VANCOUVER, April 17, 2014 /CNW/ - This Oral Health Month, the British Columbia Dental Association (BCDA) has been sharing tips and resources through its Your Dental Health public education campaign to engage patients in their dental health. With the Easter break, children will have many sweets to choose from. Here are some easy things parents can do to lessen the health impact of Easter treats.
- Not all treats are the same. Some candy is less harmful to teeth than others. Choose chocolate over sticky or hard candies that linger in the mouth and/or chip or damage teeth.
- Save treats for mealtimes. Saliva levels are higher during a meal. Having sugary treats afterwards can lessen the time sugar stays on the teeth. Saliva helps to remove plaque and to neutralize the acid that leads to tooth decay.
- Rinse with water. Give your child a glass of water or ask them to rinse their mouth after eating sugary treats to wash away sugar.
- Everything in moderation. You don't have to deprive your child of special sweet treats to enjoy good dental health. Choose small portions, and encourage them to share with friends and family members.
- Brush, brush, brush. Holidays can be a great time to reinforce the importance of daily brushing – in the morning (after breakfast) and especially before sleep time. Also encourage them to brush their teeth after eating a sugary treat, when possible.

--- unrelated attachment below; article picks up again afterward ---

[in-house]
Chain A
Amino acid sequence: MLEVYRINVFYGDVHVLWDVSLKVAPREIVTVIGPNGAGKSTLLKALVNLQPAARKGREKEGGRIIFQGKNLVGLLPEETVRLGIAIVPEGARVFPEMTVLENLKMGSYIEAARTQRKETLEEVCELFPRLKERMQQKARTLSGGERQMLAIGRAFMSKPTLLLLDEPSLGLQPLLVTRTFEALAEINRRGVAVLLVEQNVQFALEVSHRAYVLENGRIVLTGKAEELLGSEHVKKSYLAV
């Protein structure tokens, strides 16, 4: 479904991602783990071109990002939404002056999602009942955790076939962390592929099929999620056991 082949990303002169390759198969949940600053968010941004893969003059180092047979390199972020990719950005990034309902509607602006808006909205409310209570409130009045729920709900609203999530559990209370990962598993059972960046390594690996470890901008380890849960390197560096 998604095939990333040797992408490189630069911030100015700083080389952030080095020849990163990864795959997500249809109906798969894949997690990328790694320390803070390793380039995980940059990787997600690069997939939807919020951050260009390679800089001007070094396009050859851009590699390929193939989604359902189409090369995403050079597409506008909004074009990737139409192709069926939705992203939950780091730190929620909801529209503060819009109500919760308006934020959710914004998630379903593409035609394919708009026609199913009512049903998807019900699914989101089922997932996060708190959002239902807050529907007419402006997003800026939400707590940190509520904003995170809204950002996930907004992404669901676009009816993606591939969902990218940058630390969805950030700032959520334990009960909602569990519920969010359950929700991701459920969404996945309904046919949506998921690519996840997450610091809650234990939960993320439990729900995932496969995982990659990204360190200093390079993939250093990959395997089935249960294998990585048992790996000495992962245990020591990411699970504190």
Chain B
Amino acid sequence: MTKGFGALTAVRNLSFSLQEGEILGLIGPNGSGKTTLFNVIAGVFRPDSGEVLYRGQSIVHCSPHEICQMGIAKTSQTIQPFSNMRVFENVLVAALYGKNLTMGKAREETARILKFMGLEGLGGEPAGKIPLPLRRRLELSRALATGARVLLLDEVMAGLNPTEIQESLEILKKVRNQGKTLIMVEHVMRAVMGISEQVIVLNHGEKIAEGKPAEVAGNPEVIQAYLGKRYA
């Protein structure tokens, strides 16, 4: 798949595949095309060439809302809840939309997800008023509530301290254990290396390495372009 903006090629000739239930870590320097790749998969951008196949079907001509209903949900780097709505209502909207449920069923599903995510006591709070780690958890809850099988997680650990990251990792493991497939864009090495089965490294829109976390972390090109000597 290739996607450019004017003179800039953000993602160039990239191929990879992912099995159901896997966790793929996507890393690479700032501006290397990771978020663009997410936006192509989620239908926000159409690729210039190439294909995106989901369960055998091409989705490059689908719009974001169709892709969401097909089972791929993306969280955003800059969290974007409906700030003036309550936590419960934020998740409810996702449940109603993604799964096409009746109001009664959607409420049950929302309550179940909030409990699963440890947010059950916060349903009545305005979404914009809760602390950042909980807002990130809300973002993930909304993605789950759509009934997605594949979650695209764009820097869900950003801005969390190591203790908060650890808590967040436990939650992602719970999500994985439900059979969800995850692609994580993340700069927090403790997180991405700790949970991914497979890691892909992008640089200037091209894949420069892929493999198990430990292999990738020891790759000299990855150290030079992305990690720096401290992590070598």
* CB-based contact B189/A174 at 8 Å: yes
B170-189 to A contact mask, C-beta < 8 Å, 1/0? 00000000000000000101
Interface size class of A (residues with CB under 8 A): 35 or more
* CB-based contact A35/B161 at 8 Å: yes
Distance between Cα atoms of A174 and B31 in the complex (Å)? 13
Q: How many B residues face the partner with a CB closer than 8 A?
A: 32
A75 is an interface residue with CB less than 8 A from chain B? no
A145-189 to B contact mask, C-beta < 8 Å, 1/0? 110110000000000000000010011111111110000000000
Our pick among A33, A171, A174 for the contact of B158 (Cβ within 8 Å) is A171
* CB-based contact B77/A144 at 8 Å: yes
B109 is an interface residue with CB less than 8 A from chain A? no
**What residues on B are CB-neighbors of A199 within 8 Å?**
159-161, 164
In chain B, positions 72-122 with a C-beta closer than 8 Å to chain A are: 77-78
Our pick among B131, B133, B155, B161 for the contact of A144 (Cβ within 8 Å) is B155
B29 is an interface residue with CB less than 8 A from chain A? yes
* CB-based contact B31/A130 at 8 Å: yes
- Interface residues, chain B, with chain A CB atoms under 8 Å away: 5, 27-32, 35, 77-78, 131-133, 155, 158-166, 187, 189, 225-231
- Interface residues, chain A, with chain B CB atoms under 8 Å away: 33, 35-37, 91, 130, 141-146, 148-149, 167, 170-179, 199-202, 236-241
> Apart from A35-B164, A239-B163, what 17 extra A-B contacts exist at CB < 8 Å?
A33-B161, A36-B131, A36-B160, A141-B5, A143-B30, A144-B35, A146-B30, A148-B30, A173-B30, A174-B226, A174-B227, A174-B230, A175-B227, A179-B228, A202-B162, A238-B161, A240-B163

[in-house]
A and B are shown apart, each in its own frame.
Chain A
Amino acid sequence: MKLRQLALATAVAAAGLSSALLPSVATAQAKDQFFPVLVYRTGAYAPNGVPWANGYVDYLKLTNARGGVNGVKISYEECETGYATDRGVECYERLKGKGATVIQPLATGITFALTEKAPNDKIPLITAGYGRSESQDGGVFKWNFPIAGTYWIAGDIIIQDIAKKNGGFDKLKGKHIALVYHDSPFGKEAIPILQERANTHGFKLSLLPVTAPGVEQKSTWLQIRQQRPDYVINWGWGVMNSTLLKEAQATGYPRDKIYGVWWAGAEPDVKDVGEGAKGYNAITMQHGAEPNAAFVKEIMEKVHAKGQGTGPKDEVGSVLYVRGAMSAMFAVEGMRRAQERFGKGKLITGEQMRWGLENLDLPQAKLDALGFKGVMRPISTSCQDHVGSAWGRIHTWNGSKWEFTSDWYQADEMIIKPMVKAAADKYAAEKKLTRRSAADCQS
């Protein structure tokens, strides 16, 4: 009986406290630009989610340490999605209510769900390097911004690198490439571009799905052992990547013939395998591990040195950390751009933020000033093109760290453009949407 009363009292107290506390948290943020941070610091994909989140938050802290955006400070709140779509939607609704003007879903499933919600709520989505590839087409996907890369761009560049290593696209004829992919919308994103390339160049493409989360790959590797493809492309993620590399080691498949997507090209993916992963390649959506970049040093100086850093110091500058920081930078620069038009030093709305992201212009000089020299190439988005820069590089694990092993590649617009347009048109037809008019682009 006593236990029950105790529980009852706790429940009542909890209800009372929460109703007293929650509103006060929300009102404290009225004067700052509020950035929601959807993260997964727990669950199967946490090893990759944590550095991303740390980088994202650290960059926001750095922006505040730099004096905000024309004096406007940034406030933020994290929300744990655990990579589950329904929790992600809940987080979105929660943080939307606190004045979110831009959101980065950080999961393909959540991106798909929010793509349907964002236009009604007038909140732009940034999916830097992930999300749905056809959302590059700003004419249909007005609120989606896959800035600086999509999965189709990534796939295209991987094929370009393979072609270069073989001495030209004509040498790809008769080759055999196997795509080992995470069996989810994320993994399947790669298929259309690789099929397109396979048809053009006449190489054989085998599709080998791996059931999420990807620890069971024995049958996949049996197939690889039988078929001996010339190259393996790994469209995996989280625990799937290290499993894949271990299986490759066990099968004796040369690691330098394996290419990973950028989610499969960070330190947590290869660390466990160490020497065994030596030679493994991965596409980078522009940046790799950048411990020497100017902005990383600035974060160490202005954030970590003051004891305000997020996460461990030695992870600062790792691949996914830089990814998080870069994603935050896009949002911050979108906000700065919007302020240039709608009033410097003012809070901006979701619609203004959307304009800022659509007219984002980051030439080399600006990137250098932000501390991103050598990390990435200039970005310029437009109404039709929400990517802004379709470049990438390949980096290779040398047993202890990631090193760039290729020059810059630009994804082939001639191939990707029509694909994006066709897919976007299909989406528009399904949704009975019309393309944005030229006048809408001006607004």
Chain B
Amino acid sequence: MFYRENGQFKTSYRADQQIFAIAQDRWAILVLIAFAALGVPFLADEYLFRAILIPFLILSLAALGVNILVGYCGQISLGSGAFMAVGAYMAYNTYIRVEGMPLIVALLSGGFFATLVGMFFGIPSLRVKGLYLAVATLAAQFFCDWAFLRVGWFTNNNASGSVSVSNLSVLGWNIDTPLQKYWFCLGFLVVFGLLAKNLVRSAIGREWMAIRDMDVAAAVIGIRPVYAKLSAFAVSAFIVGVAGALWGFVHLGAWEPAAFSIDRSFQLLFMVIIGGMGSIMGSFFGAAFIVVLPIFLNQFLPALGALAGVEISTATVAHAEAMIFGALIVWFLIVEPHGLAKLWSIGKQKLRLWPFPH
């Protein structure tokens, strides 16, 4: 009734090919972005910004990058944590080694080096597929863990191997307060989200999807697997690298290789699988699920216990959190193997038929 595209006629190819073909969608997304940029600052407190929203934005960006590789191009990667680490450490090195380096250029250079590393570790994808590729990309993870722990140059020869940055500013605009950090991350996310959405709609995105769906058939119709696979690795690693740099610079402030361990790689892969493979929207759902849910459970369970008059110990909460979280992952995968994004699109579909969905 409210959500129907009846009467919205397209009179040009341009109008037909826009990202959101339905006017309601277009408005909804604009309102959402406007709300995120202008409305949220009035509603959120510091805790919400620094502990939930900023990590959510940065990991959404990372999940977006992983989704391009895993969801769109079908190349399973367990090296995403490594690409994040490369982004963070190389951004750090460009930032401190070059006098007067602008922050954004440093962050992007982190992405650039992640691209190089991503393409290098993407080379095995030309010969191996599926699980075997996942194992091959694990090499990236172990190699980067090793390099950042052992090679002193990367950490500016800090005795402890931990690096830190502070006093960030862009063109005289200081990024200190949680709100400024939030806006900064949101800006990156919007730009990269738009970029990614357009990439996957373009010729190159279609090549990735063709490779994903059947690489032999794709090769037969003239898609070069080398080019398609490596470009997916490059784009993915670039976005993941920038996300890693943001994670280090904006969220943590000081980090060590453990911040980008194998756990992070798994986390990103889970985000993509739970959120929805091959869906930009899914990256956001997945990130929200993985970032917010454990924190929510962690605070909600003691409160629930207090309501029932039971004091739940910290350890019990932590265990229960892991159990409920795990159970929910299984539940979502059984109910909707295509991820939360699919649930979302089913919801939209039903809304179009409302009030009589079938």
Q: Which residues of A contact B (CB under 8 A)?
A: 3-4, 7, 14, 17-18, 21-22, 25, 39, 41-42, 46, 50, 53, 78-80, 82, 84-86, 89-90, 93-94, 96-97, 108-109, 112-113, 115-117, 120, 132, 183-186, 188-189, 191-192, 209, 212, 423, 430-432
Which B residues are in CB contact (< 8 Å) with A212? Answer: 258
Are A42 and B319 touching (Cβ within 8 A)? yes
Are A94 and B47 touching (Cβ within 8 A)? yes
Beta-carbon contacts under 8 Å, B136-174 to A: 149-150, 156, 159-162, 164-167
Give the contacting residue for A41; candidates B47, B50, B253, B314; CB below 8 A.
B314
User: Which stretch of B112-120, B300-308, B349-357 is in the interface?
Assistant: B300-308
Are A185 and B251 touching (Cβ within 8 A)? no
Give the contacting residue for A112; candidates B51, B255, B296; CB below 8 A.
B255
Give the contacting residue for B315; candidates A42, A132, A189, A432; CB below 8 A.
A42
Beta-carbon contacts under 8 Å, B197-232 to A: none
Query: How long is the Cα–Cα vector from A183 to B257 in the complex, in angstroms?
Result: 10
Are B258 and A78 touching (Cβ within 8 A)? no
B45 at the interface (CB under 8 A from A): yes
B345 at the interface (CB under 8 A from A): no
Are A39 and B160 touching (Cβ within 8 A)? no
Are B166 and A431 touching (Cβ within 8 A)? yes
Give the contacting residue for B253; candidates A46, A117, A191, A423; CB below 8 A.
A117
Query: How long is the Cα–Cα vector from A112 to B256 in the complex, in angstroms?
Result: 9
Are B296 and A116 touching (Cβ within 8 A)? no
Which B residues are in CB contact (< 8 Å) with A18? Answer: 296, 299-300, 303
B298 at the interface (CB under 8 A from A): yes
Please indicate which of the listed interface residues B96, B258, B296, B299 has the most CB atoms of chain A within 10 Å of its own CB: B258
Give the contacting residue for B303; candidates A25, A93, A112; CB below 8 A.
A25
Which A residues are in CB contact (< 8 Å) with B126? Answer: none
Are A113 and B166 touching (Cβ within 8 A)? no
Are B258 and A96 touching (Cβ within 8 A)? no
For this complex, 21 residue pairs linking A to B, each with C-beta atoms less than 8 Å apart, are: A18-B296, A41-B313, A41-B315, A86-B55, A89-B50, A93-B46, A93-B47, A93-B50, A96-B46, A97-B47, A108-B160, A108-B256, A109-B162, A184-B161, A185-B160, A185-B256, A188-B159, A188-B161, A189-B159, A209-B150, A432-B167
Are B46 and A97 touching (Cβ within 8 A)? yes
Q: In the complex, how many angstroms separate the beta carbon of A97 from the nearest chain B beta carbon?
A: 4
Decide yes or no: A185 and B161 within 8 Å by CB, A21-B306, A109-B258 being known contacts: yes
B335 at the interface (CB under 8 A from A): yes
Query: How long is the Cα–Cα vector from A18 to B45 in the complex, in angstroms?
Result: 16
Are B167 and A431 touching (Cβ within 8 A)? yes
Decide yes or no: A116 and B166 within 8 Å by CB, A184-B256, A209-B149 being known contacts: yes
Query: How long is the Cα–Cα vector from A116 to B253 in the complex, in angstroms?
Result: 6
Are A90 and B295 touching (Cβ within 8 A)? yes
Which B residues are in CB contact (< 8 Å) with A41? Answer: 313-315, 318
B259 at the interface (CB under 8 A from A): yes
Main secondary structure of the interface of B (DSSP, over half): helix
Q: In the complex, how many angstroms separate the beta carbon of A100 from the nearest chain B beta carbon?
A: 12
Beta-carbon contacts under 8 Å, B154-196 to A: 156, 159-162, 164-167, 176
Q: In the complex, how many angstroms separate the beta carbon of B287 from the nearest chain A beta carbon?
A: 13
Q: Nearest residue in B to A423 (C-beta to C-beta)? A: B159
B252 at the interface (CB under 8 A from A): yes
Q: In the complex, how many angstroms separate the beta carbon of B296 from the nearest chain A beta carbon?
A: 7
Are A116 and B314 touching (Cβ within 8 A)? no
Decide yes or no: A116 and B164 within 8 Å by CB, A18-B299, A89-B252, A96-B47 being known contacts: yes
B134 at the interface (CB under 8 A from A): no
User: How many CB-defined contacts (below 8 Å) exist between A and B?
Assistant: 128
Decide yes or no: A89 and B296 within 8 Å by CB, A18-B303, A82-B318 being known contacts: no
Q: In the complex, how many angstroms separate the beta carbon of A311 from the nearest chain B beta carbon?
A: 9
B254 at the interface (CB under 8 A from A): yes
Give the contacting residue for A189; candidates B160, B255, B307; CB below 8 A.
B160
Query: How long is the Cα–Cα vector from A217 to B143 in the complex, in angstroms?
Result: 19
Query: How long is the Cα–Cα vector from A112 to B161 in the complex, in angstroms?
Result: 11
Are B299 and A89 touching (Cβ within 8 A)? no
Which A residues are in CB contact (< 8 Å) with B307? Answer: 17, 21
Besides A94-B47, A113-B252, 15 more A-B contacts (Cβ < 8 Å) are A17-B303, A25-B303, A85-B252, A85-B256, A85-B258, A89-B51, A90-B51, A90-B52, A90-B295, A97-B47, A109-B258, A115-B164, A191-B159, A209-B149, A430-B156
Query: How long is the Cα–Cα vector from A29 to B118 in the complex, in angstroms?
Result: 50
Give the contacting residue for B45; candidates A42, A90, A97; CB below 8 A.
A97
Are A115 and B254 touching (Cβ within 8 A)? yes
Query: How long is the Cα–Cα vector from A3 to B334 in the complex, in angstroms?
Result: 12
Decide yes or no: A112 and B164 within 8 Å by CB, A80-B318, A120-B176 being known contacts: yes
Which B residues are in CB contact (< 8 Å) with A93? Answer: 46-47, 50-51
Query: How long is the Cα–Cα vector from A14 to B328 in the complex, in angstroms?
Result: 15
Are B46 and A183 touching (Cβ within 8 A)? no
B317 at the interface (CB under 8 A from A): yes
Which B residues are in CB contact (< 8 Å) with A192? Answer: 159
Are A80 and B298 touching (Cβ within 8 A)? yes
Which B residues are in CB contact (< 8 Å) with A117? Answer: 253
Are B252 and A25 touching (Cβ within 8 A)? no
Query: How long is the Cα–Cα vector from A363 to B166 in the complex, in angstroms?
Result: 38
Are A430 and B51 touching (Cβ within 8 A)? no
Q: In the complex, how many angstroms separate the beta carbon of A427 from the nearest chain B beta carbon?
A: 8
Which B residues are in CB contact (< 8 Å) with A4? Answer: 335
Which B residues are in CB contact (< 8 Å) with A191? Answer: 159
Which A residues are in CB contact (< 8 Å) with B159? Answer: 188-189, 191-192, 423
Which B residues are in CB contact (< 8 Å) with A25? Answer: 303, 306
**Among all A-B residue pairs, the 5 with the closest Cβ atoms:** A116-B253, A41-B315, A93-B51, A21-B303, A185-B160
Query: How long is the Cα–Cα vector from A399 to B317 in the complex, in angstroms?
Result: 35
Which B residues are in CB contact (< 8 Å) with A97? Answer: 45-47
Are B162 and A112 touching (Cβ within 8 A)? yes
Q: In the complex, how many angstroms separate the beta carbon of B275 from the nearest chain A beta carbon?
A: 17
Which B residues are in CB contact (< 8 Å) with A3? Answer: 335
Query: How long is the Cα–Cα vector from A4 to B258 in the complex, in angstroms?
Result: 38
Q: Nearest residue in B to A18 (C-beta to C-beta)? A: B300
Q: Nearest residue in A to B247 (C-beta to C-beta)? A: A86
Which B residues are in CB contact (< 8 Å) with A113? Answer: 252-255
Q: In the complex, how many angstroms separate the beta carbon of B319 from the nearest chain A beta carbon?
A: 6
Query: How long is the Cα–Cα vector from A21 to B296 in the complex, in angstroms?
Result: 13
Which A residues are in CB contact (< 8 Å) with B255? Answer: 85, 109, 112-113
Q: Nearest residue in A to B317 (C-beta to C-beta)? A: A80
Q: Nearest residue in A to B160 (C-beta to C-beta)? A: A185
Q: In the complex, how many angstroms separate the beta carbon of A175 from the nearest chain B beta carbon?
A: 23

- Don't forget to floss! Reward your child with a non-sweet treat for making dental care part of their daily routine.
Join the Oral Health Month Challenge on Facebook/Your Dental Health
Dental disease is largely preventable—small changes can make a big difference to your oral health. Join the Oral Health Month Challenge and tell us what you're doing to improve your, or your family's, oral health for a chance to win an electric toothbrush and $200 Visa gift card!
For more oral health tips and full contest details, visit www.yourdentalhealth.ca or facebook.com/yourdentalhealth.
About the British Columbia Dental Association:
The British Columbia Dental Association is the recognized voice of dentistry in this province, dedicated to serving the interests of its members and promoting oral health. There are over 3,000 practising dentists in BC.
SOURCE: British Columbia Dental Association
For further information: Susan Boyd, E: firstname.lastname@example.org, T: 604 736 7202